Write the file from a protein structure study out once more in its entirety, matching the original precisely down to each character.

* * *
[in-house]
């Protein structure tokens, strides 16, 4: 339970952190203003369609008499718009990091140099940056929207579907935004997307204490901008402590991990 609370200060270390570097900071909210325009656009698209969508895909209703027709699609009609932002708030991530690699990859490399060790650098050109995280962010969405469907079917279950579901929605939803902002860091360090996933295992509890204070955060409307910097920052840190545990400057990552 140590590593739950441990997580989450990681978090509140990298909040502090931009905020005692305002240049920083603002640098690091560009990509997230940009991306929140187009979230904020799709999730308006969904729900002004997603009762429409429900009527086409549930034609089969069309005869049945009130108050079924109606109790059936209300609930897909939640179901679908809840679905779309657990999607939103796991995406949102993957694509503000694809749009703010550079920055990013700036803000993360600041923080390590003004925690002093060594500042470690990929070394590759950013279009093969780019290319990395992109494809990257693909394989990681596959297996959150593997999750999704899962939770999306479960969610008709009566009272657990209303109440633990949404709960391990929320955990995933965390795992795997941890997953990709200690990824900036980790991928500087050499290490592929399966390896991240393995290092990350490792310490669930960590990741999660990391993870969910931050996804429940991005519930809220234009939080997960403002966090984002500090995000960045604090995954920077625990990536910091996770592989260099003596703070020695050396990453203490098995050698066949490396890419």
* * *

[in-house]
């Protein structure tokens, strides 16, 4: 339970952190203003369609008499718009990091140099940056929207579907935004997307204490901008402590991990 609370200060270390570097900071909210325009656009698209969508895909209703027709699609009609932002708030991530690699990859490399060790650098050109995280962010969405469907079917279950579901929605939803902002860091360090996933295992509890204070955060409307910097920052840190545990400057990552 140590590593739950441990997580989450990681978090509140990298909040502090931009905020005692305002240049920083603002640098690091560009990509997230940009991306929140187009979230904020799709999730308006969904729900002004997603009762429409429900009527086409549930034609089969069309005869049945009130108050079924109606109790059936209300609930897909939640179901679908809840679905779309657990999607939103796991995406949102993957694509503000694809749009703010550079920055990013700036803000993360600041923080390590003004925690002093060594500042470690990929070394590759950013279009093969780019290319990395992109494809990257693909394989990681596959297996959150593997999750999704899962939770999306479960969610008709009566009272657990209303109440633990949404709960391990929320955990995933965390795992795997941890997953990709200690990824900036980790991928500087050499290490592929399966390896991240393995290092990350490792310490669930960590990741999660990391993870969910931050996804429940991005519930809220234009939080997960403002966090984002500090995000960045604090995954920077625990990536910091996770592989260099003596703070020695050396990453203490098995050698066949490396890419």